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Here’s another guest post, this time by Vani Singhal and Jason McVicker of McAfee Taft.  It’s about tort reform, Sooner style.  As always, our guest correspondents get all the credit (or blame, as the case may be).


Oklahoma has enacted a new law relating to evidence in product liability cases.  It is effective on November 1, 2014 (for new cases, its application to existing cases will probably be litigated).  The short version is as follows: In a formulation/labeling/design case, if a manufacturer or seller can prove compliance with federal safety standards, it triggers a rebuttable presumption the manufacturer or seller is not liable for injury arising out of the formulation/labeling/design.  The presumption can be rebutted only if the plaintiff demonstrates the federal regulations were inadequate or the manufacturer withheld or misrepresented facts relevant to the federal determination.

Alternatively, if a manufacturer or seller can prove “by a preponderance of the evidence” that the product was subject to premarket licensing or approval by the federal government, that it complied with the licensing or approval process, and that it was licensed or approved, it triggers a rebuttable presumption that the manufacturer or seller is not liable for any injury to a claimant arising out of the formulation/labeling/design.  The presumption can be rebutted only if the plaintiff demonstrates the standards were inadequate or that the manufacturer withheld or misrepresented facts relevant to the process if causally related to the plaintiff’s injuries.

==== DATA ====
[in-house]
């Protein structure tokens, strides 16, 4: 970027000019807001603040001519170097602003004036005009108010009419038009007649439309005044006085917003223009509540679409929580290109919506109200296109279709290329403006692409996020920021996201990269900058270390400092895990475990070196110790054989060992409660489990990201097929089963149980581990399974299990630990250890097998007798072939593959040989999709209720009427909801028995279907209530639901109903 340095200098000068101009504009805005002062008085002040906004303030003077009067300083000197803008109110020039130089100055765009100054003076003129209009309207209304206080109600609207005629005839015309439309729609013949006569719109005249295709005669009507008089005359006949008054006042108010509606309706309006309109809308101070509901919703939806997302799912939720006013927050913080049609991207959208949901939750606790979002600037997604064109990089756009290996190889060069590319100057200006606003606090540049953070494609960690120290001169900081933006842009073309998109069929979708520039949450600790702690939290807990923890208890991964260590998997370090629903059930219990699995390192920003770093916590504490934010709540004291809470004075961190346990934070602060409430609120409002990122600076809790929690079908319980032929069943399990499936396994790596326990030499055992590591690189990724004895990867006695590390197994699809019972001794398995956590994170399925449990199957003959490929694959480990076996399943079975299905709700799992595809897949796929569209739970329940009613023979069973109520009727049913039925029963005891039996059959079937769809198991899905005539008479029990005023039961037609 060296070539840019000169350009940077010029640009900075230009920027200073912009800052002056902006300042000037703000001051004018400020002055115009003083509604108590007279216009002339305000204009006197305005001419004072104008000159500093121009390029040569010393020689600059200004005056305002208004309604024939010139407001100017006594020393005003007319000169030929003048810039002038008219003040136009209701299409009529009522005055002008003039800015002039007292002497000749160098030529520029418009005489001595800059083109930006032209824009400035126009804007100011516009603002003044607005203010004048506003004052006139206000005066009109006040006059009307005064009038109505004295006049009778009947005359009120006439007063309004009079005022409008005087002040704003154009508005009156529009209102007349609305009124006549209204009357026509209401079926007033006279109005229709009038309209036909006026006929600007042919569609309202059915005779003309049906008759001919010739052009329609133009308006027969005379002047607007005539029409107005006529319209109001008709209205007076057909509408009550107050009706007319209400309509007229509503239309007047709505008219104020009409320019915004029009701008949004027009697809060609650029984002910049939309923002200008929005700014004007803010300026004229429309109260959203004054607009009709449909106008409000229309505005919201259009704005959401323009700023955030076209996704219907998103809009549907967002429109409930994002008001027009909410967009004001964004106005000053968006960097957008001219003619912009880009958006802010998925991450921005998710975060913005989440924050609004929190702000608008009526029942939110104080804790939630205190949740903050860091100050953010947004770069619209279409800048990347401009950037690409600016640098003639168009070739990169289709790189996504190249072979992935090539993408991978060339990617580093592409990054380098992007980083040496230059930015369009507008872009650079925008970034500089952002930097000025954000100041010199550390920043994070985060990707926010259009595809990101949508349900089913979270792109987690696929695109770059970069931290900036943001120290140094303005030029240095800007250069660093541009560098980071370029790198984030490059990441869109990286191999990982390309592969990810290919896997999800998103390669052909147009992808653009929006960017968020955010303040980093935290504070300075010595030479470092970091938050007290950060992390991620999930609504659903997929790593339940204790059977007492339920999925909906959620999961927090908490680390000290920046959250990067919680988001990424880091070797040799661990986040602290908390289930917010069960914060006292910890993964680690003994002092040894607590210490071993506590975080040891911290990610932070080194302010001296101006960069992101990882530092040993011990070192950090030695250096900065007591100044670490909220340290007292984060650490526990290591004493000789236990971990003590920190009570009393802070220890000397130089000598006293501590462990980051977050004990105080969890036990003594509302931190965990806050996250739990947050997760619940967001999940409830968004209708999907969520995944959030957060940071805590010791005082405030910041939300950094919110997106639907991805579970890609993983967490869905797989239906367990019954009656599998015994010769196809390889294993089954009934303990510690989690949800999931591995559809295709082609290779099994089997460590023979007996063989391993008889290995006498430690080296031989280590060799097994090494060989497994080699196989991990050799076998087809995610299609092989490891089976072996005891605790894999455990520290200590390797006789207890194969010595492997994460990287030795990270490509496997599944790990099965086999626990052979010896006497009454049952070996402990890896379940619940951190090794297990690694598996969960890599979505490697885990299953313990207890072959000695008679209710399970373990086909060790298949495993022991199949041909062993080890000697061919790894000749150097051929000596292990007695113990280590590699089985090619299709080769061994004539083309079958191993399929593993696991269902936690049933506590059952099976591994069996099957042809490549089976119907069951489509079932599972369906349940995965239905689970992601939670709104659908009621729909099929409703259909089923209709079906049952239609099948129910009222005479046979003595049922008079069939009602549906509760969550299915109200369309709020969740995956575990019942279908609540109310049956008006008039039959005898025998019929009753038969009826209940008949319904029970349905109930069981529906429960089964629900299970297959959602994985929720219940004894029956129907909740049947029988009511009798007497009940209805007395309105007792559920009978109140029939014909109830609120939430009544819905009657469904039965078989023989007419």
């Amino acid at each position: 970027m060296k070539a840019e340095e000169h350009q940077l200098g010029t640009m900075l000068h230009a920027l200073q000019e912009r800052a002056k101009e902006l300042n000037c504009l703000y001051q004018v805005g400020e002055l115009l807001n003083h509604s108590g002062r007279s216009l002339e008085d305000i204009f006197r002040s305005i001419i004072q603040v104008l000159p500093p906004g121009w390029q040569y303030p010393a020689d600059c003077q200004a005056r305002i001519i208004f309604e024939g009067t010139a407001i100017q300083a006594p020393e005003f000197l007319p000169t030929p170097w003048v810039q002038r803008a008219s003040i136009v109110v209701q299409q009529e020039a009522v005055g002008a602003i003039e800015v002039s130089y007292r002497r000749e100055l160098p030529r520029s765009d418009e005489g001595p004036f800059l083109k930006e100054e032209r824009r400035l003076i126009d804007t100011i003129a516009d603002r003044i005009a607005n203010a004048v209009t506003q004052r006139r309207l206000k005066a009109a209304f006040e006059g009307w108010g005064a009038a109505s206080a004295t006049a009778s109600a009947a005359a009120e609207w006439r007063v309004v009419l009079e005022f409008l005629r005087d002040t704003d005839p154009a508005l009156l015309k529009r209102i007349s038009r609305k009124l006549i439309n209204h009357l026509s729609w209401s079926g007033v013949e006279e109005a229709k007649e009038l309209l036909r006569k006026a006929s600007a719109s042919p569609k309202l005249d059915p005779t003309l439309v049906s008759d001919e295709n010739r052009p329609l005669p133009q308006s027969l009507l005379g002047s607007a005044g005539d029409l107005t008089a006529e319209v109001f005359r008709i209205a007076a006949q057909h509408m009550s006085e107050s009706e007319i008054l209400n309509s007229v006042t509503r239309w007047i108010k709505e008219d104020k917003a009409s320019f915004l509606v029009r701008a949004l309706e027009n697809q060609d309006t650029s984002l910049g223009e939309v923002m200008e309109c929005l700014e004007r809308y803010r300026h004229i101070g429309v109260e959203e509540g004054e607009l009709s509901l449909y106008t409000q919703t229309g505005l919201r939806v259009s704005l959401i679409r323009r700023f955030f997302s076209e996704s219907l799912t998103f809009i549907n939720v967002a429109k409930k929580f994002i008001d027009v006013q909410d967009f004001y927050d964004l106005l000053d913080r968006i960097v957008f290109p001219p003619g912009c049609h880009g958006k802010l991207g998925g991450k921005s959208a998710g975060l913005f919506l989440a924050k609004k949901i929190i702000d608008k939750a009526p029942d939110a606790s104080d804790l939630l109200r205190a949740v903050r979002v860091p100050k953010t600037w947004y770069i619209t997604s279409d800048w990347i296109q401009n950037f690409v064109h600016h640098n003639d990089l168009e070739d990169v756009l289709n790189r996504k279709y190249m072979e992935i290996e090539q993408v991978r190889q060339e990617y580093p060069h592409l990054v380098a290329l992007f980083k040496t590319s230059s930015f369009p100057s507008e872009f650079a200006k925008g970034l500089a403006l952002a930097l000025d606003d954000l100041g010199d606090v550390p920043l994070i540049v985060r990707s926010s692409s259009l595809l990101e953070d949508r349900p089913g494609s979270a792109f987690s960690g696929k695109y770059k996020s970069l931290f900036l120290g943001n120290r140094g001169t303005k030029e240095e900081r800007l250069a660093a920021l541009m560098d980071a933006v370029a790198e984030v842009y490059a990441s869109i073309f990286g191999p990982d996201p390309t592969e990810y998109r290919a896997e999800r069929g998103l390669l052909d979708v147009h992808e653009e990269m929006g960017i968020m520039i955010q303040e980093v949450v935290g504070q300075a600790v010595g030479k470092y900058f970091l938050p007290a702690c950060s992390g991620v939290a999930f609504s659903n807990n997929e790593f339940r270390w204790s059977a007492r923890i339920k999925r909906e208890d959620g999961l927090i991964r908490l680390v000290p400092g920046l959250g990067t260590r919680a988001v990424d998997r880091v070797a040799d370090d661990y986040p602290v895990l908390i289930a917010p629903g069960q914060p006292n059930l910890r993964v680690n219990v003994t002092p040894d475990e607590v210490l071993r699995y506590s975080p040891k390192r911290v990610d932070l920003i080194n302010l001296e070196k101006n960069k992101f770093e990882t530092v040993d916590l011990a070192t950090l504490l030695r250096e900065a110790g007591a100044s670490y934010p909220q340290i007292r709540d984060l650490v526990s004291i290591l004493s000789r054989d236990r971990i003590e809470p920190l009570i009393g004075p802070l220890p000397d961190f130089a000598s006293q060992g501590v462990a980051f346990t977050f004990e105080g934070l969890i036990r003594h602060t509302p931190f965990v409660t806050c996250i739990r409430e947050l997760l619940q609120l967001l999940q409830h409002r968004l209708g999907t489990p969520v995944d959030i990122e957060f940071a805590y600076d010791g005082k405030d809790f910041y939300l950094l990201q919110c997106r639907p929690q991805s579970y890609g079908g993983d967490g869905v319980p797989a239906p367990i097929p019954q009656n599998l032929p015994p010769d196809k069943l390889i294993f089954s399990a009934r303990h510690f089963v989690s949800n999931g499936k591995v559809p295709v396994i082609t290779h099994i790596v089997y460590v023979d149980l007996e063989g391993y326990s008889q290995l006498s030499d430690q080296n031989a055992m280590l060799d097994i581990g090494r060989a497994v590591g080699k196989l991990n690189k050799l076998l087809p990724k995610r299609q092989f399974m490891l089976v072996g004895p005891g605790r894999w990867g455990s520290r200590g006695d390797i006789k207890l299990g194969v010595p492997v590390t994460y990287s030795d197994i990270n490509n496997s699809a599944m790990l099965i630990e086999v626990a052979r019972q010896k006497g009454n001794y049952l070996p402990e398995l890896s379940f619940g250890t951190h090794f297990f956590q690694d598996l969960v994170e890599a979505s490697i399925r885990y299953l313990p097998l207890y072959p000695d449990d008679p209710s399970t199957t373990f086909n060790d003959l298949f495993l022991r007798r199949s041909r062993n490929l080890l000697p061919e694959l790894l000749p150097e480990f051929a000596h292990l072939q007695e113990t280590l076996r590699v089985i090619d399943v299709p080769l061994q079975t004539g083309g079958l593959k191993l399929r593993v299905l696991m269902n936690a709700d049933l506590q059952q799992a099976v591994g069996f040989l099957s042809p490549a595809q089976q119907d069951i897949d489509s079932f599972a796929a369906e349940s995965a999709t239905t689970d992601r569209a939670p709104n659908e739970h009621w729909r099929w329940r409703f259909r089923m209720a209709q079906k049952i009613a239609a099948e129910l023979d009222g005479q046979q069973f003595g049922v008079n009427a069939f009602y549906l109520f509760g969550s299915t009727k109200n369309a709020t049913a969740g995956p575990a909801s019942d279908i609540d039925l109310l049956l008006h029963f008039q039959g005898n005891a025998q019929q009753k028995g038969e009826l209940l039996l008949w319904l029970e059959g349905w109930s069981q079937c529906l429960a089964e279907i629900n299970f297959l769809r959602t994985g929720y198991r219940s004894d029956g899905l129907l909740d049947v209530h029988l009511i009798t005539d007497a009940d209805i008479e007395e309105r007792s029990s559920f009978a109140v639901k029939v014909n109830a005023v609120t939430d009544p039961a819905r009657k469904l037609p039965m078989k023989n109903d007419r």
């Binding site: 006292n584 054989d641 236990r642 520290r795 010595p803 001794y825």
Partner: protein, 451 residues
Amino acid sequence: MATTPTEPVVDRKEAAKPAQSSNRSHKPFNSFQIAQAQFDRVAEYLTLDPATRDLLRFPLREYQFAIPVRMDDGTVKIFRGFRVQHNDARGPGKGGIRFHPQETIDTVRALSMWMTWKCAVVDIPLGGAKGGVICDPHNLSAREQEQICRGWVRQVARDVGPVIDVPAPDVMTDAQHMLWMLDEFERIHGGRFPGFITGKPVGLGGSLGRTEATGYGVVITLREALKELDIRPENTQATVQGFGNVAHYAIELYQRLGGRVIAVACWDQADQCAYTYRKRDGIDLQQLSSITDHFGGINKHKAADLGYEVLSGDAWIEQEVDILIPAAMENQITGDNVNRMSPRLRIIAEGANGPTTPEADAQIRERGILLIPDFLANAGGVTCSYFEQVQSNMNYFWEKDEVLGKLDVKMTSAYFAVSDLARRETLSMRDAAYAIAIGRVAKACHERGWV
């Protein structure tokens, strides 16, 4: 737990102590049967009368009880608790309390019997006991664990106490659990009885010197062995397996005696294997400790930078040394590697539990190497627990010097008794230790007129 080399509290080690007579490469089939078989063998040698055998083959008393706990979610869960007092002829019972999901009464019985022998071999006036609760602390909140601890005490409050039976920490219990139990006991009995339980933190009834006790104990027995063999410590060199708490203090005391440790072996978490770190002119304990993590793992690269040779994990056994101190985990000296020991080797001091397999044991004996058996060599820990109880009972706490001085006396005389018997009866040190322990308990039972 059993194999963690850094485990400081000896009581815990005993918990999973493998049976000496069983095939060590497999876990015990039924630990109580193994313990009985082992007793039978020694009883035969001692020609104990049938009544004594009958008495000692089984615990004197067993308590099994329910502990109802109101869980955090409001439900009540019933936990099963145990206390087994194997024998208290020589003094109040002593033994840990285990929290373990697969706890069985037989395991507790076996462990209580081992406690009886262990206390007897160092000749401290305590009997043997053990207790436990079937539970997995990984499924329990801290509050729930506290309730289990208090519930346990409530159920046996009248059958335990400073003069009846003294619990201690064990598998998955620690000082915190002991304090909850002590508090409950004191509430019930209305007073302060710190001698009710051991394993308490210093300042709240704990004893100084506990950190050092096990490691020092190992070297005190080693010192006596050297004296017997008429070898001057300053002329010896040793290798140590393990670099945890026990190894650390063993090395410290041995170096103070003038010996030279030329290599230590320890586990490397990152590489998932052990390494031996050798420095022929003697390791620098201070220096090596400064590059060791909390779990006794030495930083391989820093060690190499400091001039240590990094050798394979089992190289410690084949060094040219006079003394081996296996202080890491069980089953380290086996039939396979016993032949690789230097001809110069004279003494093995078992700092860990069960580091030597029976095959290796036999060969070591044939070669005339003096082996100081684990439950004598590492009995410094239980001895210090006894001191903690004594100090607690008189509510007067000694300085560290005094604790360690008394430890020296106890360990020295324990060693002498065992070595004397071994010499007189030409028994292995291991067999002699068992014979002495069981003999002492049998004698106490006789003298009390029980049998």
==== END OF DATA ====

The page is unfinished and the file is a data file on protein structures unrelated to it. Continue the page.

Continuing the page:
The law does not apply to manufacturing flaws or defects, notwithstanding compliance with quality control or manufacturing practices mandated by the federal government.  It also does not apply to any product that becomes the subject of a recall, or a product that is withdrawn from the market pursuant to a federal order or an agreement with a federal agency.

Sellers of a product (as opposed to manufacturers) cannot be sued unless:

  1. they exercised substantial control over some part of the design, testing, manufacture, packaging, or labeling in a way that caused the plaintiff harm;
  2. The seller altered or modified the product in a way that caused the plaintiff harm;
  3. In certain cases involving express warranties from the seller;
  4. The manufacturer cannot be identified;
  5. The manufacturer cannot be served in Oklahoma;
  6. Or the Court determines that the claimant could not enforce a judgment against the manufacturer.

Additionally, if a seller is sued in a product liability action, discovery shall be initially limited to determining if any of the above exceptions applies.  Under Oklahoma law, the definition of “seller” in products liability cases is somewhat ambiguous.  The legislature did not define the term here, so there will likely be litigation over which middlemen are “sellers” capable of invoking the new statute.

The legislature also specified that a product seller, other than a manufacturer, may be sued in negligence if it sold the product, did not exercise reasonable care in assembling, inspecting, maintaining, or passing on warnings related to the product, and such failure caused plaintiff’s harm.  This apparently restates a truism, as this was already actionable.

This statute was modeled after Texas law, but it has some unique features (and problems).  Courts will inevitably have to grapple with certain ambiguities, like burden of proof, which are addressed inconsistently throughout the statute.   Nevertheless, it’s clear that the Oklahoma legislature is serious about limiting product liability suits.  Oklahoma is open for business.